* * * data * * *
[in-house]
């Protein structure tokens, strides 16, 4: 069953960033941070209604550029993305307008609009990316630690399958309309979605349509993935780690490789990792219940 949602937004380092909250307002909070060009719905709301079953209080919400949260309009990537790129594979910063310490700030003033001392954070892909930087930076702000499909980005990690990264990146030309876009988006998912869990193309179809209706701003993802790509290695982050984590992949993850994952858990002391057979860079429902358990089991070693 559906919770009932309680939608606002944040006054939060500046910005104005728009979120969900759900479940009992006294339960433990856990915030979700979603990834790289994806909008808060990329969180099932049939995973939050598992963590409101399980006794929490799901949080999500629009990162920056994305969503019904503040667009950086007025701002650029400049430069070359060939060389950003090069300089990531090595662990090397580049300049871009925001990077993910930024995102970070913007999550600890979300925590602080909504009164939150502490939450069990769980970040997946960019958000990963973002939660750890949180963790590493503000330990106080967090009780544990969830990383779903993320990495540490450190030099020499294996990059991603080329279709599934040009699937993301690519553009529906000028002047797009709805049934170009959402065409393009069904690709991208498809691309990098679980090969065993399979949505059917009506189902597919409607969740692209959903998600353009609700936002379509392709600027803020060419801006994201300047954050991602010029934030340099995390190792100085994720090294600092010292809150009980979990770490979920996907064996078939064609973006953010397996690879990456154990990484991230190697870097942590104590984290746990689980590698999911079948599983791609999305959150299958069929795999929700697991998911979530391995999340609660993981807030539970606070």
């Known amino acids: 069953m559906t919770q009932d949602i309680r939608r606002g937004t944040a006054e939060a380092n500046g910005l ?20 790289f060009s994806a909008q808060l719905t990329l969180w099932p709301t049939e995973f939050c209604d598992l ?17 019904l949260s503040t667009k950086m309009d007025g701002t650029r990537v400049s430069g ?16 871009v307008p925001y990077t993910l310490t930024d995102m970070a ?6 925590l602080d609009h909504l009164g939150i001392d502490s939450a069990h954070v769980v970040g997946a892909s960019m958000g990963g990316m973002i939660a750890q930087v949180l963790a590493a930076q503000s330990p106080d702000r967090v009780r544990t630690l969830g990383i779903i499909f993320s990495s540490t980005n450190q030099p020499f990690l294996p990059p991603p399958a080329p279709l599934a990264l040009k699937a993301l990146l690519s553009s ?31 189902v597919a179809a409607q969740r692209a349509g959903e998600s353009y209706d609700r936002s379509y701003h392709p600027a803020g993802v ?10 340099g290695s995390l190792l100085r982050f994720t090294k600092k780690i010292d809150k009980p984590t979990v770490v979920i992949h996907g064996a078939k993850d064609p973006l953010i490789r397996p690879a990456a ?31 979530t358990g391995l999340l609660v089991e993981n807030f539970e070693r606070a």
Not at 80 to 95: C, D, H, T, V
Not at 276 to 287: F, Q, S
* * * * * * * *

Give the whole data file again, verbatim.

[in-house]
């Protein structure tokens, strides 16, 4: 069953960033941070209604550029993305307008609009990316630690399958309309979605349509993935780690490789990792219940 949602937004380092909250307002909070060009719905709301079953209080919400949260309009990537790129594979910063310490700030003033001392954070892909930087930076702000499909980005990690990264990146030309876009988006998912869990193309179809209706701003993802790509290695982050984590992949993850994952858990002391057979860079429902358990089991070693 559906919770009932309680939608606002944040006054939060500046910005104005728009979120969900759900479940009992006294339960433990856990915030979700979603990834790289994806909008808060990329969180099932049939995973939050598992963590409101399980006794929490799901949080999500629009990162920056994305969503019904503040667009950086007025701002650029400049430069070359060939060389950003090069300089990531090595662990090397580049300049871009925001990077993910930024995102970070913007999550600890979300925590602080909504009164939150502490939450069990769980970040997946960019958000990963973002939660750890949180963790590493503000330990106080967090009780544990969830990383779903993320990495540490450190030099020499294996990059991603080329279709599934040009699937993301690519553009529906000028002047797009709805049934170009959402065409393009069904690709991208498809691309990098679980090969065993399979949505059917009506189902597919409607969740692209959903998600353009609700936002379509392709600027803020060419801006994201300047954050991602010029934030340099995390190792100085994720090294600092010292809150009980979990770490979920996907064996078939064609973006953010397996690879990456154990990484991230190697870097942590104590984290746990689980590698999911079948599983791609999305959150299958069929795999929700697991998911979530391995999340609660993981807030539970606070």
């Known amino acids: 069953m559906t919770q009932d949602i309680r939608r606002g937004t944040a006054e939060a380092n500046g910005l ?20 790289f060009s994806a909008q808060l719905t990329l969180w099932p709301t049939e995973f939050c209604d598992l ?17 019904l949260s503040t667009k950086m309009d007025g701002t650029r990537v400049s430069g ?16 871009v307008p925001y990077t993910l310490t930024d995102m970070a ?6 925590l602080d609009h909504l009164g939150i001392d502490s939450a069990h954070v769980v970040g997946a892909s960019m958000g990963g990316m973002i939660a750890q930087v949180l963790a590493a930076q503000s330990p106080d702000r967090v009780r544990t630690l969830g990383i779903i499909f993320s990495s540490t980005n450190q030099p020499f990690l294996p990059p991603p399958a080329p279709l599934a990264l040009k699937a993301l990146l690519s553009s ?31 189902v597919a179809a409607q969740r692209a349509g959903e998600s353009y209706d609700r936002s379509y701003h392709p600027a803020g993802v ?10 340099g290695s995390l190792l100085r982050f994720t090294k600092k780690i010292d809150k009980p984590t979990v770490v979920i992949h996907g064996a078939k993850d064609p973006l953010i490789r397996p690879a990456a ?31 979530t358990g391995l999340l609660v089991e993981n807030f539970e070693r606070a």
Not at 80 to 95: C, D, H, T, V
Not at 276 to 287: F, Q, S